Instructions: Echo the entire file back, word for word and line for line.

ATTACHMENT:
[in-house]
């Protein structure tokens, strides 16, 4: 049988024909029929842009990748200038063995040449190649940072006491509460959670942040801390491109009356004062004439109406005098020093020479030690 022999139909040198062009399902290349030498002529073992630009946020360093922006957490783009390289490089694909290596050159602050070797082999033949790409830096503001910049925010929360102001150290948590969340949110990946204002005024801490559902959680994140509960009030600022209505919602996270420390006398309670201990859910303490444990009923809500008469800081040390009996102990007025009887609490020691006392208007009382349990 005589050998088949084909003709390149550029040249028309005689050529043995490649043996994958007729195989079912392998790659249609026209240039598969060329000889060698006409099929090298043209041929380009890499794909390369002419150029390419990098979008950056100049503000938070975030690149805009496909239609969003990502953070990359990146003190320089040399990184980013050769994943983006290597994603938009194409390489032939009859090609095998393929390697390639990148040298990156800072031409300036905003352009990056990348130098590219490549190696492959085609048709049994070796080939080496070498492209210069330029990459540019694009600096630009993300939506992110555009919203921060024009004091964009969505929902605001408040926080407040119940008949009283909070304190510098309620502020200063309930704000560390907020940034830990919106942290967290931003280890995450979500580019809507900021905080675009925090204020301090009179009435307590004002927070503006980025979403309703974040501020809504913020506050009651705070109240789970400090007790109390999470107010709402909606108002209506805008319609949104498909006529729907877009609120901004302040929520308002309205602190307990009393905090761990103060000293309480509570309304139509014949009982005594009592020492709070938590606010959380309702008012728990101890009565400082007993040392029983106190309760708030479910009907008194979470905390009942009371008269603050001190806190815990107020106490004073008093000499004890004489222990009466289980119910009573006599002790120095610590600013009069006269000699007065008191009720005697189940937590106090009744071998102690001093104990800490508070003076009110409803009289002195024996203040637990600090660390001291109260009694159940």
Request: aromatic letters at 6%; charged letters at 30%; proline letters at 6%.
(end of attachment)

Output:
[in-house]
């Protein structure tokens, strides 16, 4: 049988024909029929842009990748200038063995040449190649940072006491509460959670942040801390491109009356004062004439109406005098020093020479030690 022999139909040198062009399902290349030498002529073992630009946020360093922006957490783009390289490089694909290596050159602050070797082999033949790409830096503001910049925010929360102001150290948590969340949110990946204002005024801490559902959680994140509960009030600022209505919602996270420390006398309670201990859910303490444990009923809500008469800081040390009996102990007025009887609490020691006392208007009382349990 005589050998088949084909003709390149550029040249028309005689050529043995490649043996994958007729195989079912392998790659249609026209240039598969060329000889060698006409099929090298043209041929380009890499794909390369002419150029390419990098979008950056100049503000938070975030690149805009496909239609969003990502953070990359990146003190320089040399990184980013050769994943983006290597994603938009194409390489032939009859090609095998393929390697390639990148040298990156800072031409300036905003352009990056990348130098590219490549190696492959085609048709049994070796080939080496070498492209210069330029990459540019694009600096630009993300939506992110555009919203921060024009004091964009969505929902605001408040926080407040119940008949009283909070304190510098309620502020200063309930704000560390907020940034830990919106942290967290931003280890995450979500580019809507900021905080675009925090204020301090009179009435307590004002927070503006980025979403309703974040501020809504913020506050009651705070109240789970400090007790109390999470107010709402909606108002209506805008319609949104498909006529729907877009609120901004302040929520308002309205602190307990009393905090761990103060000293309480509570309304139509014949009982005594009592020492709070938590606010959380309702008012728990101890009565400082007993040392029983106190309760708030479910009907008194979470905390009942009371008269603050001190806190815990107020106490004073008093000499004890004489222990009466289980119910009573006599002790120095610590600013009069006269000699007065008191009720005697189940937590106090009744071998102690001093104990800490508070003076009110409803009289002195024996203040637990600090660390001291109260009694159940």
Request: aromatic letters at 6%; charged letters at 30%; proline letters at 6%.